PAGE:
SOURCE: SmartMetric, Inc.
NEW YORK, NY--(Marketwired - Apr 2, 2014) - SmartMetric, Inc. (OTCQB: SMME), the developer of fingerprint activated biometric payment cards, says that the use of biometrics in the payment industry could offer a significant defense in the ongoing war against fraudsters. Having a card that is activated only by the card holders fingerprint would defend against identity fraud since the card would be biometrically married to the rightful card user rather than hoping and praying that the card being presented online or at a retailer is not a fraudulent card.
With the most recent credit card information thefts in the United States reaching well over 100 million cards, based on past experience it can be expected that 1 in 4 of these compromised cards will be used in an identity theft related fraud. According to the research company Javelin Strategy, the number of identity fraud incidents in the United States increased by one million more consumers over the past year, and the dollar amount stolen increased to $21 billion. This equates to 1 incident of identity fraud every 3 seconds as reported in Javelin's "2013 Identity Fraud Report."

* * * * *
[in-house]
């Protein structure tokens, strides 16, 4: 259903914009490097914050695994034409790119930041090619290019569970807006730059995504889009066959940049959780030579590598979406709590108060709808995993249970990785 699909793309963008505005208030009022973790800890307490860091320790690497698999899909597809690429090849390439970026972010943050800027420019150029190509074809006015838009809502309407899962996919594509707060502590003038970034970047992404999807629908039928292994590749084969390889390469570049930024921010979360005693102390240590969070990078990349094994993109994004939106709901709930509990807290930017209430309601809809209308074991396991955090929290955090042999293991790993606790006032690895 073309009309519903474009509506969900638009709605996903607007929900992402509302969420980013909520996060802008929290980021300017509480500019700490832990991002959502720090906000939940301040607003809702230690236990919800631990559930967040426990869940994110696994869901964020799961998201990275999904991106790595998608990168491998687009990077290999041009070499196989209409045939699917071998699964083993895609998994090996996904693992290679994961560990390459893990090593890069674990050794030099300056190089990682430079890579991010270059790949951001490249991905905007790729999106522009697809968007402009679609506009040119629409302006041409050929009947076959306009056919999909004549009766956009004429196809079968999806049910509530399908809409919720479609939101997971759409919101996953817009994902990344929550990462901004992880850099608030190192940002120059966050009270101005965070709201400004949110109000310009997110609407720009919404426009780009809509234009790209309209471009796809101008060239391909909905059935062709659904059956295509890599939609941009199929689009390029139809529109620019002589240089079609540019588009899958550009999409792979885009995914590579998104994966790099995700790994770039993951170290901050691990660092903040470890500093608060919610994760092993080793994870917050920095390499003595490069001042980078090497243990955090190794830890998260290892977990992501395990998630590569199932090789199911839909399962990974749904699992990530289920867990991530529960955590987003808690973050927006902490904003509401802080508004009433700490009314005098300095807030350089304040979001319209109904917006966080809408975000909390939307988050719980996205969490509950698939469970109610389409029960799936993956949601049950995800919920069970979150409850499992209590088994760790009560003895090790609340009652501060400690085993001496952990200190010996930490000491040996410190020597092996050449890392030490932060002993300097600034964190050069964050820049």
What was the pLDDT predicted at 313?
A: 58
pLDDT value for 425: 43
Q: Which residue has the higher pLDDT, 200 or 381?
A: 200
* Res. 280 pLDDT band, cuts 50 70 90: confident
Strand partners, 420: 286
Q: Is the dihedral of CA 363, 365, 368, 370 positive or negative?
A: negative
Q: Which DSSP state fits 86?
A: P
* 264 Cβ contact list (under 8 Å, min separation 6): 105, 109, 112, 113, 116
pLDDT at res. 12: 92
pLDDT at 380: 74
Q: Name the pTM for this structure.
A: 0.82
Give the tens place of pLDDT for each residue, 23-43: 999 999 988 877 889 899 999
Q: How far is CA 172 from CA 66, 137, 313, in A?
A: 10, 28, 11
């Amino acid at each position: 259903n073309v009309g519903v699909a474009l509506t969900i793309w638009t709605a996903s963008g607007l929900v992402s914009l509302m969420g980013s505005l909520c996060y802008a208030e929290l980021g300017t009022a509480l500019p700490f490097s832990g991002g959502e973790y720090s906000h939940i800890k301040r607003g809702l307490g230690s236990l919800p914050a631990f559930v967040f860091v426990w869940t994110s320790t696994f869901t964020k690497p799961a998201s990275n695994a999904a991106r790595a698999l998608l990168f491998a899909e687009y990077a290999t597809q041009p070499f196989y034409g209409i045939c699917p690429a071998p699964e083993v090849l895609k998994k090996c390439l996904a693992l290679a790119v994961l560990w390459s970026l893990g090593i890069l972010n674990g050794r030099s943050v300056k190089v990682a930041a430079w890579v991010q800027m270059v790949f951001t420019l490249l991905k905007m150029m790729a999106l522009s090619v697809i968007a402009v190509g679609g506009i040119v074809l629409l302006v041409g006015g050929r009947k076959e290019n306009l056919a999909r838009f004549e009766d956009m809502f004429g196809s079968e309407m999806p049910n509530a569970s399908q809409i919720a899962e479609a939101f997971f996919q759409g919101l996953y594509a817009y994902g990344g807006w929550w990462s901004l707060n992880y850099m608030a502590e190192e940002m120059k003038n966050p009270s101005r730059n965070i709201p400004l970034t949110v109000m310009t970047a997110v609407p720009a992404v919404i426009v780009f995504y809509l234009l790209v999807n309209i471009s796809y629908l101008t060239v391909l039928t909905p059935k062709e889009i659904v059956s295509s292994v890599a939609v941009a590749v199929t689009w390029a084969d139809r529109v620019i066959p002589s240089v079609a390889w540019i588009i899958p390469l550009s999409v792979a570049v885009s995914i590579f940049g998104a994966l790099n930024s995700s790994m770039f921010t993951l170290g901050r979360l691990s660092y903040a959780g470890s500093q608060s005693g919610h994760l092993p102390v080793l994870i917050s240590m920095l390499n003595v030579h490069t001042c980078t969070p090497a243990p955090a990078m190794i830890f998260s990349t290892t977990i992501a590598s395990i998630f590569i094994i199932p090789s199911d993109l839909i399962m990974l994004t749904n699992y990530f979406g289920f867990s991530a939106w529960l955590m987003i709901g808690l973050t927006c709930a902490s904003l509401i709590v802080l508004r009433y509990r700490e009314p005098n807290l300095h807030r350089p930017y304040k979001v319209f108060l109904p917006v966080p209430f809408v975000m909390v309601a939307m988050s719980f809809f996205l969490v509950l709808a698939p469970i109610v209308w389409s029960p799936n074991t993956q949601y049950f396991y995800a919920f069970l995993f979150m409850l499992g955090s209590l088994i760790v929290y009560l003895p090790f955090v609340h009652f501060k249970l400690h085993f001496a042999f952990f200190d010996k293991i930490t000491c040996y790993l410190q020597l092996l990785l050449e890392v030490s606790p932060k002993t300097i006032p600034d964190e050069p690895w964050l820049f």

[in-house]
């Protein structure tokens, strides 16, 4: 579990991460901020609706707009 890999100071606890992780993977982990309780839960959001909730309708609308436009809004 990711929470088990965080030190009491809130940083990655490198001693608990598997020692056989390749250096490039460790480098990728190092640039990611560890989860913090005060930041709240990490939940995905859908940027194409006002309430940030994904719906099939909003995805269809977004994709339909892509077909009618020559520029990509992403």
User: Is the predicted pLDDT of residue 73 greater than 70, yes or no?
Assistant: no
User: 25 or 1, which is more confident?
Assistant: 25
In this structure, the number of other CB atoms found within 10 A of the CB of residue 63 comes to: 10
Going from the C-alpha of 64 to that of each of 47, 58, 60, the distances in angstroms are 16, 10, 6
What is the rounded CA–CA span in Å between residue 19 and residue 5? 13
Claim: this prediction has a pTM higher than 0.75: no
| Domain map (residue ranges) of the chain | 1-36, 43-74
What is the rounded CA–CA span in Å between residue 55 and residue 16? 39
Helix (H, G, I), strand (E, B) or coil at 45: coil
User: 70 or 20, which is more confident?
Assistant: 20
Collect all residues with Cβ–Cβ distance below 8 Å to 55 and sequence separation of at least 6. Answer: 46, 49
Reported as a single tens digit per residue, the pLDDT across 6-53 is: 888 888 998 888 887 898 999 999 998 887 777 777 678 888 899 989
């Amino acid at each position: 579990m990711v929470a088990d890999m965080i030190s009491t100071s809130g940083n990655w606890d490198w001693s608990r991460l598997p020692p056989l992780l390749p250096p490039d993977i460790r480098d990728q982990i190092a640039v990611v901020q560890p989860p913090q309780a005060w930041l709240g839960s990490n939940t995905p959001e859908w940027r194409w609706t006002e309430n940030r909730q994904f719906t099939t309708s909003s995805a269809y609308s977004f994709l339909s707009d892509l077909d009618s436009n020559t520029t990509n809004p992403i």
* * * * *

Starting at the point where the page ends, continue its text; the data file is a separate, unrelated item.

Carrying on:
The SmartMetric fingerprint card is fully compatible with existing chip card systems. According to EMV.co there are more than 1.6 billion issued EMV chip cards issued by banks around the world. SmartMetric has designed its technology to be able to be adopted by card issuers while conforming to existing credit card specifications.
SmartMetric, Inc. (OTCQB: SMME) is the owner of a United States Patent & Trademark Office issued patent covering the use of smartcards (EMV cards are smart cards) that connect to networks. The company develops biometric smart cards including EMV and access control cards used for payments, security and identification. For information on SmartMetric and its technology please go to www.smartmetric.com.
Safe Harbor Statement
Certain of the above statements contained in this press release are forward-looking statements that involve a number of risks and uncertainties. Such forward-looking statements are within the meaning of that term in Section 27A of the Securities Act of 1933 and Section 21E of the Securities Exchange Act of 1934. Readers are cautioned that any such forward-looking statements are not guarantees of future performance and involve risks and uncertainties, and that actual results may differ materially from those indicated in the forward-looking statements as a result of various factors.